Hemming Stallwood 1200x410 1

Callum Hemming and Steven Stallwood are relishing taking on the world’s elite and believe the lessons they have learned in recent weeks will stand them in good stead for their upcoming World Championship bow.

The pair have been in action across the continent of late, taking in the Denmark Open, French Open and HYLO Open as they continue to build their experience on the international circuit.

The trips to Paris and Saarbrücken saw Hemming and Stallwood navigate their first round ties before coming up against pairs ranked in the world’s top 15, with Ong Yew Sin and Teo Ee Yi proving too strong at the French before Fajar Alfian and Muhammad Rian Ardianto prevailed in Germany.

Despite results not going their way, the English pair have taken great heart from their performances at the top level and hope to continue their improvement over the remainder of what has already been a year to remember.

“It has been successful on the whole,” said Hemming, who is also part of a promising mixed doubles pairing with Jessica Pugh.

“We’ve been going in with no expectation, as they have been quite high-level tournaments, and we’re still quite a new partnership so we were keen to see where our level was at.

“It was a chance to play some of the best players in the world, which we did, and we really challenged them while learning so much.

“The top players are so clinical, you get away with nothing. You play a wrong or loose shot, it just gets punished so quickly.

“The quality needs to be so high for such a long period of time and if not, you get blown away by these top pairs.

“It’s also about getting comfortable playing them – the first time we played people at that level, it was a bit of a shock as we weren’t used to it.

“But we’ve realised we can compete and play at that level, it’s now just about just doing it for a longer period of time.”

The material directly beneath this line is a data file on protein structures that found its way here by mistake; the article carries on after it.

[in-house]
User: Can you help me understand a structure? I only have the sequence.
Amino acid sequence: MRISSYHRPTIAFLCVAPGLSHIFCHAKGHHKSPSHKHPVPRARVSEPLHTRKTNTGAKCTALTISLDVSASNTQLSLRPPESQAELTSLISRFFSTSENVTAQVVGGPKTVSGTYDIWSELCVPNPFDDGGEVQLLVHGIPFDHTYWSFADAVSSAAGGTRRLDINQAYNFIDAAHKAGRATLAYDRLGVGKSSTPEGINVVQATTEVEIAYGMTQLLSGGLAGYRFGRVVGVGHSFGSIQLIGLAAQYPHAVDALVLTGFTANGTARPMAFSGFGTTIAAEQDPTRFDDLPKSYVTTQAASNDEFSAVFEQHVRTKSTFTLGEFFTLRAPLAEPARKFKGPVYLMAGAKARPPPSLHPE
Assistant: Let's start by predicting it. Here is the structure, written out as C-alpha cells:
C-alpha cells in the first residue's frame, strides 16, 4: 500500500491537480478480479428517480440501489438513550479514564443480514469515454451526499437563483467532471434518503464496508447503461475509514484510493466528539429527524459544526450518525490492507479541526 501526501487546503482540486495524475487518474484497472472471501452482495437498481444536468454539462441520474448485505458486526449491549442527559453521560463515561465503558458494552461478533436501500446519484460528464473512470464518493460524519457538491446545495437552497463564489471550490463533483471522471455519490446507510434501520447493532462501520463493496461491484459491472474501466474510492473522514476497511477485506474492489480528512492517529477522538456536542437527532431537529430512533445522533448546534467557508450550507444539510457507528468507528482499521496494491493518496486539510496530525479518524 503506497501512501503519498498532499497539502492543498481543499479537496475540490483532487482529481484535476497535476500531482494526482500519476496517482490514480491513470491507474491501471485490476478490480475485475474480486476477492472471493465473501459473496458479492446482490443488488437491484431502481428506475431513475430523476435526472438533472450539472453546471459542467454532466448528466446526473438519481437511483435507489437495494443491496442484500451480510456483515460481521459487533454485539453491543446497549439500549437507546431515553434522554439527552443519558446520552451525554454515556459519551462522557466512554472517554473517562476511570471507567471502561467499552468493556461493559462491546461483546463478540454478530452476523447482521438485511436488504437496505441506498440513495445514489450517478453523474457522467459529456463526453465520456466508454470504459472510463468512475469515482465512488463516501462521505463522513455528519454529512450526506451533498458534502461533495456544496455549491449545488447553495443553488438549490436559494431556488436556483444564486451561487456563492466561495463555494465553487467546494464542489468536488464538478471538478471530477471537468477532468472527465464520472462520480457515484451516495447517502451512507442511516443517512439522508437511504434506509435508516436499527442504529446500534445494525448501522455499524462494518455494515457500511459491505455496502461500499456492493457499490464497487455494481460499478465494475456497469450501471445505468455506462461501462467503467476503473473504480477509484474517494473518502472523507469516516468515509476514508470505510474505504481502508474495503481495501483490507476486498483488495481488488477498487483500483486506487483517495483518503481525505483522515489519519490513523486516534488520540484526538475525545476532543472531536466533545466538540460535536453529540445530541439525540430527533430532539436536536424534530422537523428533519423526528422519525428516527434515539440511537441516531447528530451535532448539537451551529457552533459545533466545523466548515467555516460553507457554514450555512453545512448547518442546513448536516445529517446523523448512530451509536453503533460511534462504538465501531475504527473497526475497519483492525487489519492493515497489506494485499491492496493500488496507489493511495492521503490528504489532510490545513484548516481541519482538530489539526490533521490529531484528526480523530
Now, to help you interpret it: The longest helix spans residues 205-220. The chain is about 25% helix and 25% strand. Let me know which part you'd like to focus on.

Stallwood, who earned his first senior England cap at the Sudirman Cup earlier this year, echoed his partner’s thoughts on the test provided by the cream of the crop but also feels the gap is closing.

“You learn so much more when you’re on court playing than you would do watching them from a crowd,” he said.

“The toughest were Ong and Teo. They made us bleed out points, there weren’t a lot of clear winners – they didn’t do anything special with their shots, they just put it back over the net time and time again.

“They were so relaxed and that goes for all the top players. They are not necessarily quicker or more powerful than us, but the shot quality and variation is a lot better than the level we’re used to.

“But it gives us a lot of confidence knowing we can play these tournaments, play these top 10 pairs and do quite well.”

Hemming and Stallwood’s chemistry on court began at a young age, with the pair – who grew up 10 minutes away from each other in Milton Keynes – first linking up from the age of nine.

But it was only a reshuffle of English doubles pairings which led to them teaming back up at the start of the year – and before long they were fulfilling a shared childhood ambition by competing at the YONEX All England Open.

View this post on Instagram

A post shared by Callum Hemming (@callumhem)

“We must have been 10 or 11 when we first went to the All England and we went religiously for a few years after that,” Hemming said.

“As we got older, we’d go by ourselves for a day trip to Birmingham and we’d be starstruck by the players we’d see.

“We’d watch it thinking ‘we’d love to go and play that’. To have now played it together, it was a dream come true.”

The World Championships is another bucket list tournament the 22-year-olds will soon be able to tick off, with the duo heading to Huelva after trips to the Welsh and Scottish Opens.

They go into all three competitions with confidence and believe their close friendship off court is helping them deal with the increasingly challenging contests on it.

“We spend so much time together, it doesn’t feel like we’re forcing anything,” Stallwood said.

“In some partnerships, just because they play with each other doesn’t necessarily mean they’re friends off court but we are the opposite.”

Hemming added: “It works when we’re not playing so well, as we can be brutally honest with each other, and it works when we’re playing well as you can tell each other we’re doing good things – and it means more coming from someone who you know is playing the truth.

“We’re buzzing for our first World Championships – it’s a tournament everyone wants to play.

“Having the chance to do that is another dream come true – we’ve been training our whole lives for moments like this.”

The YONEX All England Open Badminton Championships return to Utilita Arena Birmingham with the best players from around the world from 16th – 20th March 2022.

Don’t miss out, get your tickets today.

Recent posts

Back to news